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Apple's iPhone 3GS: A Next Step, Not A Next Generation

I don't want to call Apple's iPhone old, but it is maturing. The new iPhone 3GS just doesn't bring the kind of groundbreaking improvements delivered by its predecessors--the original iPhone's gesture-driven touch screen, auto-correcting onscreen keyboard and Safari Web browser, or the iPhone 3G's App Store and Global Positioning System self-awareness.

iphone_3gs.jpg

Today's review covers what I think is important about the 3GS--$199 to new and renewing AT&T Wireless customers in a 16-gigabyte version, $299 in a 32-GB version--and the iPhone OS 3.0 software inside it. I had a lot of ground to cover in that piece; please read it with a realization that what I deemed important may only reflect my own weird tastes. (For example, one of my favorite iPhone 3.0 features, the ability to sync notes to your computer, only merits a two-sentence mention on page 16 of Apple's reviewer's guide.)

Unsurprisingly, I had to leave out some details in the column. But that's what this blog is for!

Voice control:

I find computerized speech recognition fascinating, so I had to try the iPhone's version of it. And I was pleasantly surprised to see this device understand commands like "tell me what's playing?" in a noisy Metro station. It also recognized the names of some of the more pronunciation-defying artists in my collection (for instance, Meshell Ndegeocello), even ones it couldn't speak correctly when confirming my selection (Björk, which it pronounced as "Be-jark").

Of course, it served up some amusing mismatches, perhaps none more so than when it interpreted "play songs by Herbert von Karajan" as "play songs by Everclear." (Yes, I know he was a conductor, not a composer; it's not my fault iTunes can't keep its tags straight.)

Voice Control also suffers the problem of other command-line interfaces: You have to know the proper syntax upfront. So when I said "play music by Fugazi," it was confused (a failing that led me to Twitter incorrectly that it didn't know the pronunciation); when I instead said "play songs by Fugazi," the D.C. punk-rock band's "Waiting Room" was cranking through the headphones a moment later.

Video:

TechCrunch founder Michael Arrington made a good point when he wrote that the iPhone 3GS could quickly make cheap pocket camcorders like Pure Digital's Flip models obsolete. What's easier than having simple video-uploading software that runs when you plug the camera into a computer? Being able to run that software without needing a computer at all.

I should note here that iPhone 3G owners can enable a video mode on their devices by jailbreaking it to install an unauthorized video program. A co-worker of mine did that earlier this week and pronounced himself satisified with the results (as well as his newly-won ability to arrange add-on apps in folders).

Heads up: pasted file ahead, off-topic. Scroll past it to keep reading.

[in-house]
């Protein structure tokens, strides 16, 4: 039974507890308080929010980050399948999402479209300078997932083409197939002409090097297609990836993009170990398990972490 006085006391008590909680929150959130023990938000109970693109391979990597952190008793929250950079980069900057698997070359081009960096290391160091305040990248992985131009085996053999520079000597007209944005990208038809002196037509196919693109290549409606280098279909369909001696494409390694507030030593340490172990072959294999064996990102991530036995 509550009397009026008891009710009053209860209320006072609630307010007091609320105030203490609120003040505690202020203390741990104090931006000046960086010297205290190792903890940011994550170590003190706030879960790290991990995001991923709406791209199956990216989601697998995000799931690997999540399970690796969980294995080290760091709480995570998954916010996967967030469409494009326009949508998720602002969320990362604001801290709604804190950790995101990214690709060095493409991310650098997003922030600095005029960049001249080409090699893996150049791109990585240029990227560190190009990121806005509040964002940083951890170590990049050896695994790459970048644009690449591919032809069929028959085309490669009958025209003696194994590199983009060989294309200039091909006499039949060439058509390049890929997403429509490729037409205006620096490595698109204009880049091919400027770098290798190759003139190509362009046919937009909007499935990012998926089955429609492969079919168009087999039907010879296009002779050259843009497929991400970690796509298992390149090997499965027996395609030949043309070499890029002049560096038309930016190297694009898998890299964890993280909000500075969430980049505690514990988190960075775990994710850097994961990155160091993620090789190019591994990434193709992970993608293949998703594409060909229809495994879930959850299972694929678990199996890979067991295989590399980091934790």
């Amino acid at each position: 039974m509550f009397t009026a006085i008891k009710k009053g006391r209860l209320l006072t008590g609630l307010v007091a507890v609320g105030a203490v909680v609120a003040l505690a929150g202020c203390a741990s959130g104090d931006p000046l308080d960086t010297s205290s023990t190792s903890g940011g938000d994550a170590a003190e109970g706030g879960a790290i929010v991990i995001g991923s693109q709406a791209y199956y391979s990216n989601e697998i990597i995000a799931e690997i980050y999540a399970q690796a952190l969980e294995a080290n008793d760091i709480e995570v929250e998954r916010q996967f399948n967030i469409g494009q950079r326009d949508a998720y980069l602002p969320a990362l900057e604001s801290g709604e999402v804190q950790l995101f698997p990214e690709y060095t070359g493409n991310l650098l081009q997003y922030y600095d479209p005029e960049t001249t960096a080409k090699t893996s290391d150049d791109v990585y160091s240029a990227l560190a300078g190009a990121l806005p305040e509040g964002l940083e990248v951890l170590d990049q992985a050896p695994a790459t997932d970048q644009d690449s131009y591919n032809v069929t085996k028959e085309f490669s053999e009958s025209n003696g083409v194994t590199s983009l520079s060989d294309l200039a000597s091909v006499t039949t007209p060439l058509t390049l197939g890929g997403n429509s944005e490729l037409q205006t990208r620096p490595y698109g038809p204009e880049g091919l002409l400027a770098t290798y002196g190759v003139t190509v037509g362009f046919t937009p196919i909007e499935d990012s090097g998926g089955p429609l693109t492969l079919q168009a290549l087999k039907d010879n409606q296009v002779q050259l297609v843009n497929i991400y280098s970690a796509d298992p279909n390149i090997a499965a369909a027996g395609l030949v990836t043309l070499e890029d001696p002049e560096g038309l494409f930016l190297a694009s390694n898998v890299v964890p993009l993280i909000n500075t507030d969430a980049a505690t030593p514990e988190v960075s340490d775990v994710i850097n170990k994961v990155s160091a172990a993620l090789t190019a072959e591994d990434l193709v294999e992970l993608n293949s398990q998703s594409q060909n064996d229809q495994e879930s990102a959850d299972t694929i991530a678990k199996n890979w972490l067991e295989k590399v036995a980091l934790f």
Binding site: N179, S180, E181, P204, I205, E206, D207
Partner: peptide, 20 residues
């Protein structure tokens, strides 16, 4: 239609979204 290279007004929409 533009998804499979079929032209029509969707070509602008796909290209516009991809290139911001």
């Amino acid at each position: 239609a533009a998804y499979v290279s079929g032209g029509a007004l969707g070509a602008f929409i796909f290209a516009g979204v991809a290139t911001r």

Push notifications:

The iPhone (Apple's own core applications excepted) remains a mono-tasking device, but with the 3.0 software Apple added a way for third-party programs to hand off tasks to the operating system when they're closed. This "push notification" system won't help you listen to Pandora's Internet-radio program while you tap away at your e-mail (although you can listen to a Web-radio site's streaming audio link through Safari), but it does work well for programs that normally spend most of their time waiting for one input or another.

Like, for instance, instant messaging. I installed AOL's free AIM application, sent a test message to a friend and closed the program. A few minutes later, a beep and a small onscreen dialog notified me that the friend had replied; tapping that dialog brought AIM back up. It's not bad--but it's nowhere near as elegant as the Palm Pre's genuine multitasking.

Have other questions? I wouldn't be surprised. Post them, along with any other comments you might have about the iPhone 3GS, below. Or send them my way during my Web chat, starting at noon EDT today.

By Rob Pegoraro  |  June 26, 2009; 10:10 AM ET
Categories:  Gadgets  
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Comments

Rob

Sorry to post this here, but the WaPo will not allow this post under the article "The Death of Radical Islam," allegedly because it contains 'offensive content,' though NO ONE in the Virginia online office can tell me what that offensive content is.

Would you please ask the WaPo to somewhere post a list of 'offensive words,' for if IDEAS are offensive, a major 1st Amendment issue is present under the guise of COMMENTS.

The ombudsman was also copied with this.

Until now, Iran has offered the only relatively successful example of Islamist rule, but the bloody events there are strengthening the momentum against radicalism and theocracy in the Muslim world. If the regime hangs on, it will depend increasingly on the militia and other security forces and less on its religious stature.